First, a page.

This post is based on a artists talk at Cohoes Artist Showcase V (CAS-V Friday March 6 & Saturday March 7, 2015).
Georgia O’Keeffe was a twentieth century painter best known for her flowers and southwest landscapes. In many of her canvases the background is a solid color. This isolates the subject from the context that it exists in. The four pieces that I’ve entered in this year’s showcase are a bit of an ‘ommage to Georgia O’Keeffee. All are flower images and all have been isolated. What I want to talk about today is a series of techniques that a photographer can use to accomplish that objective.
Let’s start with the obvious and least technical approach – which actually has a few variations. Only photograph objects that have a solid background.
In these first two images the background was a nearly featureless sky.
Or at least use a background that can be rendered as a fairly solid out of focus area by using a rather shallow depth of field.
Or get close enough to your subject to eliminate any background.
The second technique is to use a solid colored backdrop.
If we pull back the camera a bit you can see the set up that was used for the roses image.
Ah – but what if your subject isn’t as portable as a vase full of rose buds? How about these tulips with the chain link fence, the dead leaves, and the grass behind the fence.
Here are the same tulips 4 years later. In one I slipped a piece of white mat board between the tulips and the fence, in the other I used black mat board. I got tighter to the tulips to reduce the amount of ground clutter that I had to pluck out of the way.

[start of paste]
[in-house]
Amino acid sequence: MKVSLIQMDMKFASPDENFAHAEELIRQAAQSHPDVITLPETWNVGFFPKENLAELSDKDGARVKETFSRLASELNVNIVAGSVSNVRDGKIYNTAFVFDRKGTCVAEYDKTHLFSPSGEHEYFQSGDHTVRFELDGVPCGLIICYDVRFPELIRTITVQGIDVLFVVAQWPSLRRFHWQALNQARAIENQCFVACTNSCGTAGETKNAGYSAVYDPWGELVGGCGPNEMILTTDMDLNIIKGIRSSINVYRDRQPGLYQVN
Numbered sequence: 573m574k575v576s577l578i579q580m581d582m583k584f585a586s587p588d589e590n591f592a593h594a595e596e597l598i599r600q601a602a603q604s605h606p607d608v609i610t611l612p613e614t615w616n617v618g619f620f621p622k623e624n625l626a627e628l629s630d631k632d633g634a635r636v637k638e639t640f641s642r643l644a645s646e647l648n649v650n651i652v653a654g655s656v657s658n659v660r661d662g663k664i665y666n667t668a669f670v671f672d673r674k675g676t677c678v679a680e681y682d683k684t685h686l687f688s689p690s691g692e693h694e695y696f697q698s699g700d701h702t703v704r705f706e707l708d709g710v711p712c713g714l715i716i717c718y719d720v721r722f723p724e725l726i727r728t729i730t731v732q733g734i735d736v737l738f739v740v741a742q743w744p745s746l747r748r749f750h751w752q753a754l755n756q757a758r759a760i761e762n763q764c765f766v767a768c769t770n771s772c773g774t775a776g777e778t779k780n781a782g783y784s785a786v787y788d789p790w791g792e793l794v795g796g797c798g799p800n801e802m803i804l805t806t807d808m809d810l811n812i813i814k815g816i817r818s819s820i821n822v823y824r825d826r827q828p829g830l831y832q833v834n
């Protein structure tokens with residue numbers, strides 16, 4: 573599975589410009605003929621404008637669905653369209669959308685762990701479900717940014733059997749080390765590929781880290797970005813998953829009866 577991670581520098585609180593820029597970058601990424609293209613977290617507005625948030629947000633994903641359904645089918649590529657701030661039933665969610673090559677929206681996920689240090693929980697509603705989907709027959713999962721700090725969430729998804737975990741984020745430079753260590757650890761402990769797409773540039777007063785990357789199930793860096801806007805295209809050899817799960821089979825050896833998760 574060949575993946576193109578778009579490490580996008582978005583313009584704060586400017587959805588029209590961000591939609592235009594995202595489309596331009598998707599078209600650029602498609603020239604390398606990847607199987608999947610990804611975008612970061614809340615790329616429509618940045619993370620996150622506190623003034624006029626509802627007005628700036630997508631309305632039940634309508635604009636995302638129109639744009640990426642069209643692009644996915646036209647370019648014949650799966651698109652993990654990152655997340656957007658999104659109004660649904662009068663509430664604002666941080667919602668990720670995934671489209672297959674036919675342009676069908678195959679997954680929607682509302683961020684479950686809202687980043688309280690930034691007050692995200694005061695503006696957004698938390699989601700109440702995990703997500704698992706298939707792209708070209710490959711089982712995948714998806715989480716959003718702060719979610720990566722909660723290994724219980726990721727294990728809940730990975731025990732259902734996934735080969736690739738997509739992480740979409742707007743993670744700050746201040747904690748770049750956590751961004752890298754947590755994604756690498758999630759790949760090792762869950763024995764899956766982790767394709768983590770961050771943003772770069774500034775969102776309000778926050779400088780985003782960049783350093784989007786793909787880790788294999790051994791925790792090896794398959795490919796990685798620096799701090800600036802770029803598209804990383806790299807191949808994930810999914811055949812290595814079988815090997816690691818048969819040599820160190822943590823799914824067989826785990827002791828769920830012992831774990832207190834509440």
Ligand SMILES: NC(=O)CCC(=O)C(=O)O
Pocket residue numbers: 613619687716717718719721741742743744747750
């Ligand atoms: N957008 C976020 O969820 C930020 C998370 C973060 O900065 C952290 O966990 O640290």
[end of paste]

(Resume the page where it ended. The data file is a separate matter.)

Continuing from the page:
The third technique may seem purely contrived and there will be some that say it’s not “real photography”. But if Georgia O’Keefe can paint her bare canvas with a solid color and then add her flower on top of that because it is “art”, then I say a photographer can use whatever tools are available to create the art image that the photographer desires. Here is a flower shot that I took while wandering around Cohoes one day – I believe it was at Canal Square. I didn’t happen to be carrying a 32 by 40 inch sheet of black mat board so I shot it “as is.”
I then used the paint bucket tool and the clone tool in Photoshop Creative Suite 5 to remove the portions that I did not want in the image. By creating a much higher contrast between the flower and the background the colors of the flower seem more vibrant – the image has more “pop”. I also cleaned up the bit of spider web and few white spots on the petals, but did not try to increase color saturation in the flower. The actual color of the flower does not change from one image to the next.
The fourth and final technique I want to cover is what I like to call controlling the light. If the subject is well lit while the background is in deep shadows – the background will disappear. Most of the time this will be achieved by using artificial light to illuminate the subject – but it can happen naturally too.
I left the top part of the background in this image to point out that there indeed was green vegetation behind the flower. The flower itself was in strong sunlight while the background was in deep shade. Properly exposing for the brightly lit flower caused the background to be a nearly featureless black.
In this next shot despite being tight to the back lit subject, there is a lot of extraneous clutter in the image.
In this next image I’ve closed the drapes to eliminate the back light, switched to a longer lens, moved back, and lit the scene with an off camera flash. As you can see the spill over from the flash is still lighting extraneous objects, including the now dark drapes in the background.
In the next shot I moved the flash more to the side and a bit higher. As you can see, we still have flash spill issues.
In the final shot I’ve lowered the camera position to crop out the table top and other extraneous items.